The 1930s in Italy were years that revolutionised the national arts scene. While new and completely provocative cultural and pictorial tendencies were already making their way into other countries – for example, the suprematist experiments of Kazimir Malevich or Wassily Kandinski’s Compositions or Piet Mondrian’s minimalist grids – in Italy it was in the 1930s that the new trends exploded. And this was, paradoxically, in a country ruled by fascism which had focused its full force on the development of the arts, architecture and cinema. It was at this stage that Luigi Veronesi, together with Lucio Fontana, Osvaldo Licini, Mauro Reggiani and Fausto Melotti, signed the “Manifesto of the First Collective Exhibition of Italian Abstract Art”, which was held on 4 March 1934 in Turin. His revolutionary works, his linear and strictly geometric strokes, were to be found again at the Milan Triennale in 1936. A new artistic discourse was opened up – a new chapter of Italian art had been started. With Veronesi, Reggiani, Melotti and the like, an extraordinarily rich and fervid season for the entire Italian culture opened up, which we now – with this exhibition – want to pay tribute to and present in its full cultural scope. Veronesi’s artworks would later go on to characterise the following decades and would find application in every artistic and cultural field in Italy, from the theatre to photography and so forth.”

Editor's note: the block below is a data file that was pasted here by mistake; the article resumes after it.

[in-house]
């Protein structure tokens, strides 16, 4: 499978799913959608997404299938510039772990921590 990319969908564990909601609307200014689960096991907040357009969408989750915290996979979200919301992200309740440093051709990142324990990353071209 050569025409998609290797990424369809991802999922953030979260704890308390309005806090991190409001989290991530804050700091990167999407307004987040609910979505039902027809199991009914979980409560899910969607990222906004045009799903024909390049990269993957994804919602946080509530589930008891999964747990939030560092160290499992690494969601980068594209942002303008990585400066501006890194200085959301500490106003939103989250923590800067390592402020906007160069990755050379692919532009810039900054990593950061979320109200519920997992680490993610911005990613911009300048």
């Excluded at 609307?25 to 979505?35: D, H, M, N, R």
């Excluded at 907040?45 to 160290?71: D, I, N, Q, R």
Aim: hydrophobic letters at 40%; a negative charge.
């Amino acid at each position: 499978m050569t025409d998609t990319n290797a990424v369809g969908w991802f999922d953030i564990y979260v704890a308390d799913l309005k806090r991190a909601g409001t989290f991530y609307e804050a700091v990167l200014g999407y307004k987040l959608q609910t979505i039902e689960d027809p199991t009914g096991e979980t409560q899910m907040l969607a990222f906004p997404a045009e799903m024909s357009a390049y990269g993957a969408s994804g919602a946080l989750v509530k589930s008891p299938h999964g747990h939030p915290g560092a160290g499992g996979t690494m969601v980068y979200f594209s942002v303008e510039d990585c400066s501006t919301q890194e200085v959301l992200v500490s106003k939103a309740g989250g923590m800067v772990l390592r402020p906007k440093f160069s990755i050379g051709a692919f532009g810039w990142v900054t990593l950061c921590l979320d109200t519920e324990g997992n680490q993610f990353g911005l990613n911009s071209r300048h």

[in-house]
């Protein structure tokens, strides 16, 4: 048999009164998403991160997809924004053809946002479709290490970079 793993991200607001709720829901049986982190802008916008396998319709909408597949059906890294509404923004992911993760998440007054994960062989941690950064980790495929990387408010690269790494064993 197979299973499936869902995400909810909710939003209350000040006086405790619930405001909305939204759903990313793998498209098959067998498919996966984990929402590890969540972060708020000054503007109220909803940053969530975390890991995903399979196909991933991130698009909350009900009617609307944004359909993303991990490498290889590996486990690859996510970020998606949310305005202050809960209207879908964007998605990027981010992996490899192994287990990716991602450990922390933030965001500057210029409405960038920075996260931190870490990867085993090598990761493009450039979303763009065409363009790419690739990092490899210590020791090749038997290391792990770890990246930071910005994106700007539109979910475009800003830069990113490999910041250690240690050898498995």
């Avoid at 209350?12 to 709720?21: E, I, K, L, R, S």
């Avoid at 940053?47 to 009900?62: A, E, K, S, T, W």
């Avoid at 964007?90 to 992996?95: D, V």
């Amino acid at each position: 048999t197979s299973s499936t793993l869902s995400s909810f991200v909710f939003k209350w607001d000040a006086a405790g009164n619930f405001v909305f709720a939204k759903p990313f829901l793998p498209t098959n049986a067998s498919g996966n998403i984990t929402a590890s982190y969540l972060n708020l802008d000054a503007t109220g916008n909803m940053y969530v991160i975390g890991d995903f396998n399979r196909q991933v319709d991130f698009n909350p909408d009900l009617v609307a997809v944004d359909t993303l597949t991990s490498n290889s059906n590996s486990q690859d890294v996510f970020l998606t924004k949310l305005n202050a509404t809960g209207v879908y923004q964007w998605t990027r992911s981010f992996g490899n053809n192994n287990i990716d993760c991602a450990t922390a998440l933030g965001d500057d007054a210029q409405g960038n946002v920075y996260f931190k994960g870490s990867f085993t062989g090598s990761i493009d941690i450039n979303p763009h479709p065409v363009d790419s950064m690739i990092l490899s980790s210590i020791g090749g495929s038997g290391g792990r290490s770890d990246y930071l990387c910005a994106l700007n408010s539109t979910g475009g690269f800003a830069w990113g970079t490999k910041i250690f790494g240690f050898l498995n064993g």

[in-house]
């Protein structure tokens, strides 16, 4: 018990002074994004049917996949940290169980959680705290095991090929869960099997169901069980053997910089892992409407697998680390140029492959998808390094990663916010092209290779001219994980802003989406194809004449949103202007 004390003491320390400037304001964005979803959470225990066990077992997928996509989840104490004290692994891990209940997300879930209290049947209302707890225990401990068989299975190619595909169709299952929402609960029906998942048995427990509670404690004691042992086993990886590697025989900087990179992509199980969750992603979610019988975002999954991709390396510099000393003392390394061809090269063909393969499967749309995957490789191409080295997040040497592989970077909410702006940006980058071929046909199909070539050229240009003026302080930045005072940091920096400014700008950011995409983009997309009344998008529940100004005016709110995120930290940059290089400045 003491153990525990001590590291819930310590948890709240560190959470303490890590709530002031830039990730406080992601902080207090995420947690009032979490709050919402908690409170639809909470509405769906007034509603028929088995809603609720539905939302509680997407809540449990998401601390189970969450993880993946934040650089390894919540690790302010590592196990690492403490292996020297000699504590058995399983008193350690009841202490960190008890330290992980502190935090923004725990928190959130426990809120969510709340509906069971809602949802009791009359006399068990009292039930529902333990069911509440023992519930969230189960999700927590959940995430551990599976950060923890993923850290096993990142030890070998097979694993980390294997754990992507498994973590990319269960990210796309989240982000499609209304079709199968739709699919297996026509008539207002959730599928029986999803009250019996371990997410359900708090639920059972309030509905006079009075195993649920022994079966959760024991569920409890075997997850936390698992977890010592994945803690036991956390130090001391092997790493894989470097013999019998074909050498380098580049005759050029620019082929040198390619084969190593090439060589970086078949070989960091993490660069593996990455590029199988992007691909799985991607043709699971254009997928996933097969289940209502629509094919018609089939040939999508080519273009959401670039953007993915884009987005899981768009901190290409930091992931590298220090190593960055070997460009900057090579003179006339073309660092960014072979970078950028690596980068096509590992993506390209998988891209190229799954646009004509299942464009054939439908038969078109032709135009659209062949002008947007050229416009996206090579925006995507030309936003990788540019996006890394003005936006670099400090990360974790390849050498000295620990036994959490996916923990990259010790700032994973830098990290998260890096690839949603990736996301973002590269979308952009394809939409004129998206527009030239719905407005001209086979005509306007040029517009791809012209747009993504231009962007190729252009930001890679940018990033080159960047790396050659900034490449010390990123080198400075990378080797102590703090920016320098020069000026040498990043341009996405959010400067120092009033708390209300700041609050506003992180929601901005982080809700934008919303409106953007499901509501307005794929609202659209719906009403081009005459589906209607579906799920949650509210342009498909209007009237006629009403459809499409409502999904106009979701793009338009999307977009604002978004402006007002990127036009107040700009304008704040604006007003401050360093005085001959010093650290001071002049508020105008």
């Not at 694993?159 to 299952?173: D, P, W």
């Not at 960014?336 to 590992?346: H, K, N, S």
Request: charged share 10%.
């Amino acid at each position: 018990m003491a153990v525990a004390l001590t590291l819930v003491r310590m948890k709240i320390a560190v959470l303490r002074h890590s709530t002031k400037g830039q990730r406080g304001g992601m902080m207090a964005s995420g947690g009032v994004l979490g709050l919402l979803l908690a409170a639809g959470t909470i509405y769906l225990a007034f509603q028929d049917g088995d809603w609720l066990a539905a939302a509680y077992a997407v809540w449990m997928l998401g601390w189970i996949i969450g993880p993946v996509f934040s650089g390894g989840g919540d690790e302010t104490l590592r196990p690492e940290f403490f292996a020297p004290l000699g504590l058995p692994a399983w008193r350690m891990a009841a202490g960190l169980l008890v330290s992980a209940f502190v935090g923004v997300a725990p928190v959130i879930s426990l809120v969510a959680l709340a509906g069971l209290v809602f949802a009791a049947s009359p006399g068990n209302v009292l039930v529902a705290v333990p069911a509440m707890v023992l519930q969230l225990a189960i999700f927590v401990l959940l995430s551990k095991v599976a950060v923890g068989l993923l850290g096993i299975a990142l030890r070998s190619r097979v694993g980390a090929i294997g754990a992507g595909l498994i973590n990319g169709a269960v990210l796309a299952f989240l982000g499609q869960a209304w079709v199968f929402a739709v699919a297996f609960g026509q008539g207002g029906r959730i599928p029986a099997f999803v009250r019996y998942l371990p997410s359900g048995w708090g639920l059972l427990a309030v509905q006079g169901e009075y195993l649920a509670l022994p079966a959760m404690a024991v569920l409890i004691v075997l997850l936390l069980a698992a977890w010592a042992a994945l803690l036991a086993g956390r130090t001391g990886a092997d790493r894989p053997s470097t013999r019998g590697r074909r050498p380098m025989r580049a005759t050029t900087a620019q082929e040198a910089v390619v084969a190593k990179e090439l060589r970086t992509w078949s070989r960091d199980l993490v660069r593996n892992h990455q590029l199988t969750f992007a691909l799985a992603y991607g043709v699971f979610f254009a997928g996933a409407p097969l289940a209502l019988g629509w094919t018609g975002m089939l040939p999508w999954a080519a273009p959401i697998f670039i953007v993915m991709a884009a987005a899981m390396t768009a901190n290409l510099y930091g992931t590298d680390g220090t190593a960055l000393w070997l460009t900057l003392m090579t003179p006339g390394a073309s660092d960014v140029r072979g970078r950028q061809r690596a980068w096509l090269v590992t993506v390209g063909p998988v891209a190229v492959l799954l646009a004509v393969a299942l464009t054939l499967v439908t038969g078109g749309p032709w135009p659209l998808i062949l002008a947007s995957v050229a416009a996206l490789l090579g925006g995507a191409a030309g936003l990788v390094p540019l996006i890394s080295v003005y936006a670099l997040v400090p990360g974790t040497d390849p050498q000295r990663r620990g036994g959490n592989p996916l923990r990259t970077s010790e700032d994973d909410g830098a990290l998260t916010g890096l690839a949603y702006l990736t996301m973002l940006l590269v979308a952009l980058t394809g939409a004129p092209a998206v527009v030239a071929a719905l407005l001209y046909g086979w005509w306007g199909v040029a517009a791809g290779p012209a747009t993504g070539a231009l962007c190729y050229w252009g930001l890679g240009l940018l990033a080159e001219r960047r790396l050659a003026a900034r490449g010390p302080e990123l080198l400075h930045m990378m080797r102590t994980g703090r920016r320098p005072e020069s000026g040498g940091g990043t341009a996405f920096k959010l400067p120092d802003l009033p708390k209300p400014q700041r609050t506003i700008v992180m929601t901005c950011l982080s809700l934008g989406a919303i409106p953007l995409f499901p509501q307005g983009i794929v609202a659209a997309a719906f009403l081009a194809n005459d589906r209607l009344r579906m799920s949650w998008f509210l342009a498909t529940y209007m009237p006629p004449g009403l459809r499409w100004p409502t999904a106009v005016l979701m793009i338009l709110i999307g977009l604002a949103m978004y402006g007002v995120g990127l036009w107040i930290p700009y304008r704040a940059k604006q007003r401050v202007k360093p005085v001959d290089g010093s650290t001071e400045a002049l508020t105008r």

“For 15 years we have been creating opportunities for meetings. Opportunities that can allow us to get to know people, to compare experiences and understand each other better. Our intent has always been ambitious: to divulge what we are capable of doing, to try to improve the world with ideas, with art, and with the continuous search for beauty.
The ‘La Stanza’ cultural club operates as a place for open cultural exchange and its exhibition space, Espace la Stanza is our showcase. We have had the pleasure of organising and hosting over 100 exhibitions: both large exhibitions in many European cities that have the cultural heritage of Bolzano and Alto Adige, as well as – at the Espace La Stanza – those of artists, not only from our local area, but from all the other regions of Italy and also from further realities such as Germany and France, in Europe, Senegal and Morocco, in Africa, over to Bangladesh and Pakistan in Asia and even to Cuba and Brazil in Latin America. Artists of great fame, but also less known and emerging young people, of whom we expect a lot in the future.